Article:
This article is the answer to a question we received from one of our awesome Weeklysafety.com members. We thought it was a great question and we wanted to share our recommendations.
Question: Are there annual mandatory safety training topics that must be conducted in order to be compliant with OSHA?
Short answer: Yes, but it depends on the tasks the workers perform, the specific hazards they may encounter during a work day and ultimately the specific regulations those task and hazards would fall under based on the work and the industry. So, the easy answer is… every company is different and the answer isn’t exactly straightforward.
But let us try to provide a bit more clarity to this question…
From a federal OSHA stand point you could take a look at this document, this document is great: OSHA 2254 Training Requirements in OSHA Standards. This OSHA resource provides a great summary of OSHA training requirements.
Tip: If you do a search (CTRL-F) on the word annual in the document you’ll see that you can find all the specific standards that refer to an annual refresher training. As you scroll through each section, and review the standards on annual training requirements, then evaluate the requirement against the tasks and hazards that apply to your workforce. Incorporate the required training into your annual safety training program.
Below are a few examples from this document that apply to Construction:
The examples above are applicable to construction work but a lot of contractors often fail to recognize that they may fall under General Industry regulations depending on the specific work they are performing. There could be situations where they are performing warranty or service work and may be subject to OSHA standards for lockout/tagout under 29 CFR 1910.147 or other standards that have an annual training requirement.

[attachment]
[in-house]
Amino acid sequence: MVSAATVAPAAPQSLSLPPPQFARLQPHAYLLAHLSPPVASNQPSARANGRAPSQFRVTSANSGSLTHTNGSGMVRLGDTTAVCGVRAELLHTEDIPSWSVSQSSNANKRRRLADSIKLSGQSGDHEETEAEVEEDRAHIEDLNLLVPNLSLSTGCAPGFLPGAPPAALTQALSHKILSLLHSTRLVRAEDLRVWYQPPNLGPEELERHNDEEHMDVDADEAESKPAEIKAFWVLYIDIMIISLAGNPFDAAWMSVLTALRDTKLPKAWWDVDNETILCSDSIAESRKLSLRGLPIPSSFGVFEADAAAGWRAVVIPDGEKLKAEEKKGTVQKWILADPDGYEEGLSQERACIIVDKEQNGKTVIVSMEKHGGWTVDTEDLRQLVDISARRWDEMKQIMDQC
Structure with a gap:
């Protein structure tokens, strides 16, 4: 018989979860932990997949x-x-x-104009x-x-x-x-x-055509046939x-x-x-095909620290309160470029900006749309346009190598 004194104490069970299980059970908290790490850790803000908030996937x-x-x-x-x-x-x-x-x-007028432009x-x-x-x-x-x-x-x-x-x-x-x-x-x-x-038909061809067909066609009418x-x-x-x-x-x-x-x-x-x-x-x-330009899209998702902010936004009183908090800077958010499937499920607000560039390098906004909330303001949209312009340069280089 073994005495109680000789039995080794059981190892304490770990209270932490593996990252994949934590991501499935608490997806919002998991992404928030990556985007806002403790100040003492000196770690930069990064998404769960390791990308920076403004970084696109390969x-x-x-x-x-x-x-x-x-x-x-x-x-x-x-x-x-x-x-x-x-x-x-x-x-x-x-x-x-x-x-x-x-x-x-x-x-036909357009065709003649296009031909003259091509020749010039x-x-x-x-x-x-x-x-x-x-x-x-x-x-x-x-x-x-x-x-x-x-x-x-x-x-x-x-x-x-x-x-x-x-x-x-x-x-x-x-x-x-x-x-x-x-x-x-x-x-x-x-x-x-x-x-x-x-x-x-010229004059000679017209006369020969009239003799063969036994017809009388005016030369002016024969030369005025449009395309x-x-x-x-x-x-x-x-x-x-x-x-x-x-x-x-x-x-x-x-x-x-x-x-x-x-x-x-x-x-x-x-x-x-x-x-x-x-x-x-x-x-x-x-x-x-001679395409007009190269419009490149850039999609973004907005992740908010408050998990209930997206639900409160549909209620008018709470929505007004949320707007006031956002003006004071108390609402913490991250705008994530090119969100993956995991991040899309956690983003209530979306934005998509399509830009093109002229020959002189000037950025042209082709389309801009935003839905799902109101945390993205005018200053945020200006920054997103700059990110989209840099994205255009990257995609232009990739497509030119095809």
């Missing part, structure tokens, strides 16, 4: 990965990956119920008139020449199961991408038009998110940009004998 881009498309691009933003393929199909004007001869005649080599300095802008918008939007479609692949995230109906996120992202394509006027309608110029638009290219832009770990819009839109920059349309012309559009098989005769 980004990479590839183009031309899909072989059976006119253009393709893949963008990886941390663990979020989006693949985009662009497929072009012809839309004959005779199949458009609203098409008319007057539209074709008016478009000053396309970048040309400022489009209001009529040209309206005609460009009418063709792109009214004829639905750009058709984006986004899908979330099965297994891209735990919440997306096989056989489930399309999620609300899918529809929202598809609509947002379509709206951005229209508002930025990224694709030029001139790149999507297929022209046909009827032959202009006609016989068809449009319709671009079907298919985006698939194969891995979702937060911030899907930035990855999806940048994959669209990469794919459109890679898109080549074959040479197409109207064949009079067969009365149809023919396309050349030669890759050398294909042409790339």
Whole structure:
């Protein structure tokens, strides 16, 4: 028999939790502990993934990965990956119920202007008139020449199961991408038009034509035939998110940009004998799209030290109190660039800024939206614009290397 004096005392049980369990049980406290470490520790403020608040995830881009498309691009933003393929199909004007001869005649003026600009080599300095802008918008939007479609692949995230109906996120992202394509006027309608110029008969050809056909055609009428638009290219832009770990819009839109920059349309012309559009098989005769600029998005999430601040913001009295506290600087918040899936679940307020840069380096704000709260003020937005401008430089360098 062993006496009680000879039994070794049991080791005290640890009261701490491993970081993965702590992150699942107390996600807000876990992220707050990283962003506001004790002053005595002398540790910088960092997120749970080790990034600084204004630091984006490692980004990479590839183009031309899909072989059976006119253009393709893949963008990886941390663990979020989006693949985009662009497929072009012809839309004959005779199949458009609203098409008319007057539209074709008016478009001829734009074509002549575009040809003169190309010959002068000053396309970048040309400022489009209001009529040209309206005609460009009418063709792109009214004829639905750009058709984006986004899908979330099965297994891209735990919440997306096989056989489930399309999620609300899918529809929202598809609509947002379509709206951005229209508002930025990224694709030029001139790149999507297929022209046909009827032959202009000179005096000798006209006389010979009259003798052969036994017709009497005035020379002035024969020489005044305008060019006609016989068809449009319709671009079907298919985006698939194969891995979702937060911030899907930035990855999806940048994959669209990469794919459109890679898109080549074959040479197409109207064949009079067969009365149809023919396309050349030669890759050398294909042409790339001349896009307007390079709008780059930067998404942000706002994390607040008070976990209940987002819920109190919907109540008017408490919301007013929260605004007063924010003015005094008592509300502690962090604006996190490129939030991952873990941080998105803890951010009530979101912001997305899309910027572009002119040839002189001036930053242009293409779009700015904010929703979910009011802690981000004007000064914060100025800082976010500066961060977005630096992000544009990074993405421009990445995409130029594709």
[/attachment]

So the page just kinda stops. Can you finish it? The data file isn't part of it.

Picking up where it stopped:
Other General Industry Standards that require annual training include:
Another specific standard that should be considered, although it doesn’t state “annual” is listed below because it is often cited by OSHA compliance officers whenever there isn’t a specific training requirement.
Lastly, even if there isn’t a specific statement in the OSHA regulation that say the employer must provide annual training (or retraining) it is typically seen as an industry best practice to do annual refresher training on many, if not all safety training.
Consistent safety training will always pay back over and over again as employees’ experience fewer injuries and illnesses, demonstrate better morale, and the company realizes lower insurance premiums.
Disclaimer: This article does not provide a complete list of required safety training required for your company and while this article was written by a safety professional, Weeklysafety.com does not provide safety consulting.
Remember! Keep a record of all safety and health training. If there is ever an incident, one of the first questions any investigator will ask is, “Did the employee receive adequate training to do their job?”
Holding regular safety meetings, toolbox talks or safety moments with your crews, teams and staff is a great way to ensure that your company is off to a great start meeting and exceeding all of OSHA’s compliance standards.
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